It poured the night before though, and I nearly got a par (of course blew it and got a bogey) on this hole, barefoot. This hole is always wet and I was sick of having my shoes get wetter and wetter, so, after I hit it right in the wettest part (as I always do), I said fuck it and took my shoes off. I've never played golf barefoot, but my chip shot was perfect and I had a nice 2-putt, so maybe I should stick with it. Certainly felt weird though...

I sucked as always, got furious sporadically and was generally extremely inconsistent, but it was nice to be out on the course swinging a stupid club at a stupid ball.

the rents

It started to get real sketchy out there on Mother's Day though- rumbles of thunder and doomclouds on the horizon. Here's a completely ridiculous shot of the clouds through the wonderful world of iphone editing (HDR + Snapseed):

Nice to see the parents, nice to get out on the course in May. Thanks for global warming Al Gore, it's working out nicely for me.


And lastly, on this tri-post of mostly photography: after a huge 3 peak hike, then a visit to the parents for golf, then seeing Joe at gorgeous Halibut Point State Park, just 2 days later, I had a day of double barbeques. 

Newer friends Rick and Lisa invited a bunch of people over to their relatively new house for a graduation party for Lisa graduating nursing school. They also got a new dog on the same day. We showed up at about 1 and I stayed until about 7.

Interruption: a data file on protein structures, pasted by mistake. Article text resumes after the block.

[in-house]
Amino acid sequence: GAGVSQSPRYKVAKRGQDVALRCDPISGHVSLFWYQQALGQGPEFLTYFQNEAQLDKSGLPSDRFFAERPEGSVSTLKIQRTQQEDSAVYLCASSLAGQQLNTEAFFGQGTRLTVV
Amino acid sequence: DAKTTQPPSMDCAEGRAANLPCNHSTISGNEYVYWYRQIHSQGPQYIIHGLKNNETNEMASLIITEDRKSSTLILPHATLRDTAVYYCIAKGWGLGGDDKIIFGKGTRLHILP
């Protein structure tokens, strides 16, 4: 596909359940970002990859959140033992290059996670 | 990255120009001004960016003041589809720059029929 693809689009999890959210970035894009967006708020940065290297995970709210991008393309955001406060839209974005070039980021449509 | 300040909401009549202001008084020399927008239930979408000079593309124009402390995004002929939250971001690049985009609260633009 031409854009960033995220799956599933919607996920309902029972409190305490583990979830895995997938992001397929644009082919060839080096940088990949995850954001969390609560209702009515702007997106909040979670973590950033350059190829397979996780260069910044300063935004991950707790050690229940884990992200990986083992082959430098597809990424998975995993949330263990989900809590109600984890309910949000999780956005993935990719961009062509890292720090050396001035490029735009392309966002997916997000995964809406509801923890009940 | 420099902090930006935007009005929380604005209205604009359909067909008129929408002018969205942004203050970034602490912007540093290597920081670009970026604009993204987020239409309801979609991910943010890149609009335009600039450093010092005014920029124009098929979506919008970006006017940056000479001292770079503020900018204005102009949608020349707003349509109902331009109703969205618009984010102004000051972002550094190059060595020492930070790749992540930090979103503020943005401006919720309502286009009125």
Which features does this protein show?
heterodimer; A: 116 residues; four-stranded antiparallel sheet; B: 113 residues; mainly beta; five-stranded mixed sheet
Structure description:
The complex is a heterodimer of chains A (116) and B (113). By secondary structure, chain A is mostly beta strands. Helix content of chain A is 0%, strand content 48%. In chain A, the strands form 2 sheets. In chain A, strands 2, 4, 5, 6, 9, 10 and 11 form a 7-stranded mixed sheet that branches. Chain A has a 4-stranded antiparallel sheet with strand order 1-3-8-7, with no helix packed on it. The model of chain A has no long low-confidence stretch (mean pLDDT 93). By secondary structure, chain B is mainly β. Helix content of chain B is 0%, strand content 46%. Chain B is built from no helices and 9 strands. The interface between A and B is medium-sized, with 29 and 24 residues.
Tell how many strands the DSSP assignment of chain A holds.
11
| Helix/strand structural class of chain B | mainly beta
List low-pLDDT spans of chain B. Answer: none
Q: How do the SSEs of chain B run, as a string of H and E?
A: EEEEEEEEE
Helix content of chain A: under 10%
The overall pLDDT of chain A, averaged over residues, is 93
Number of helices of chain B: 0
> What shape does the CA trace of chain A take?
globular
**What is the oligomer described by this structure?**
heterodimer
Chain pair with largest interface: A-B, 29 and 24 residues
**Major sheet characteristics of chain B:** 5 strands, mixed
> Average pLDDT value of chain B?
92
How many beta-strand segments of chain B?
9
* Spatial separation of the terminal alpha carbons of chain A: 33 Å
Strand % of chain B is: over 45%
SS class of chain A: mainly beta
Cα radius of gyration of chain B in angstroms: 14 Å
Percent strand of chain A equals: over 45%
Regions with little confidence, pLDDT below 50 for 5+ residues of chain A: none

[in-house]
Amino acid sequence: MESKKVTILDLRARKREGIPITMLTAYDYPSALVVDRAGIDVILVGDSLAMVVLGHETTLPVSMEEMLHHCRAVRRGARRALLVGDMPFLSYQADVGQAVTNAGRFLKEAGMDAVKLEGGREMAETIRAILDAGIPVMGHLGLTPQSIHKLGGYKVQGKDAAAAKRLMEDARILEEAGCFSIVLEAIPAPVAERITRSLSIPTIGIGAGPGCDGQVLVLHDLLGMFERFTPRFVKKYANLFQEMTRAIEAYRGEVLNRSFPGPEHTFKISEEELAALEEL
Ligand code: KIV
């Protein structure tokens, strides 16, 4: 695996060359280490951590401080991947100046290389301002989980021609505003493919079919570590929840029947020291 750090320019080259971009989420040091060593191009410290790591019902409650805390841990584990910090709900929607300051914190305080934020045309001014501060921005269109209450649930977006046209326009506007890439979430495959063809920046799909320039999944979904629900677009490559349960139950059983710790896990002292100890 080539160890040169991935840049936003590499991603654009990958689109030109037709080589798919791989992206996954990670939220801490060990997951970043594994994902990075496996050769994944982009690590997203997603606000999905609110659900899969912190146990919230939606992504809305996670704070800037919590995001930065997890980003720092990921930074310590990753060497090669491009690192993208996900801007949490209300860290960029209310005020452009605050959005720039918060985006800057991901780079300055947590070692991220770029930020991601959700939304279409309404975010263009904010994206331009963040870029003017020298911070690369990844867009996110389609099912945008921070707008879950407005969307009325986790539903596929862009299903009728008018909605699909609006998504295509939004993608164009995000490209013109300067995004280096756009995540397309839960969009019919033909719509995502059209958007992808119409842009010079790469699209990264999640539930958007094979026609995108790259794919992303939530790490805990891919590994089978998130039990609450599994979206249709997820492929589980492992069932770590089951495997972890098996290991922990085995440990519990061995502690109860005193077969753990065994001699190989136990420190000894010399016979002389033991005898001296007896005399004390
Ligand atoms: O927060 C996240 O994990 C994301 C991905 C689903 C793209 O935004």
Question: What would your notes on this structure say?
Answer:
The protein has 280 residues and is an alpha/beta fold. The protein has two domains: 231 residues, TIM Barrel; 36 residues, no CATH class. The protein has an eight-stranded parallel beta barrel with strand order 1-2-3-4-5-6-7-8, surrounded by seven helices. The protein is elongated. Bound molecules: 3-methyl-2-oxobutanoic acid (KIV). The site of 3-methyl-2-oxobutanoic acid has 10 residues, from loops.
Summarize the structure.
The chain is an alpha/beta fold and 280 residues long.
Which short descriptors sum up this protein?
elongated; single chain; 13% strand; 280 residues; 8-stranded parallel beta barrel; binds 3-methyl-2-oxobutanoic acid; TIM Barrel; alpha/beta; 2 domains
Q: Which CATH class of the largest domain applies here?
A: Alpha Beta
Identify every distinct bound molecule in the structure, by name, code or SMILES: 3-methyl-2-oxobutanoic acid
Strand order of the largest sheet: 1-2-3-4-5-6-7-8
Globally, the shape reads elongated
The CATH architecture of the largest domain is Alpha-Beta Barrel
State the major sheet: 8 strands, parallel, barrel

Lisa and Mouse the dog

Rick the fireman setting fire to things nobody should set fire to

It was nice- there was a lot of family there that I didn't really speak to at all (except for super offending someone's grandmother), but we hung out outside for 6 hours with solid people, had some freshly grilled food, drank some brewskies, and threw the B. This was the first real B of the year as well as my first BBQ, and it felt fantastic. Winter never really showed this year, but my winter doldrums certainly did. I've been coming out of it nicely by trying to embrace spring with some hiking, but spending the whole day outside just hanging out in beautiful weather felt fantastic. It felt like summer. At last.

soooo green

And what better reason to leave a BBQ then to go to another one? I literally came home, changed my shirt, grabbed some more beers, and headed south to Naro's house for an entirely different BBQ with an entirely different group of friends. It was AWESOME. I recommend this to everyone I know- if you ever have a chance to go to 2 different BBQs in one day, do it. 

I knew everyone here and have for a loooong time, so this BBQ won for the day. Pog and Simone showed up at like 11:30, Mysterio and Masha drove up from CT for it, everyone got to see (and see off) Joe and Mariko (they were leaving the next day), there were like 5 dogs running around, I finally got to see Naro's new house (which is very awesome), and we sat around the fire and ate a 5 pound bag of hotdogs Primus Dan brought while drinking beers, throwing a glow in the dark frisbee, playing Naro's emo collection, and generally having an awesome time until like 3 in the morning.

Bud Light Lime + douchebag mustaches= summer

I ended up literally BBQing/hanging outside with friends for nearly 13 hours that day. I went to bed EXHAUSTED, and I loved it. Not only did I get to see a ton of awesome people, but I really finally felt like summer was here. And my god, that's a wonderful feeling. I hope I can have a lot more days and feelings like this over the next few months. Here's to summer!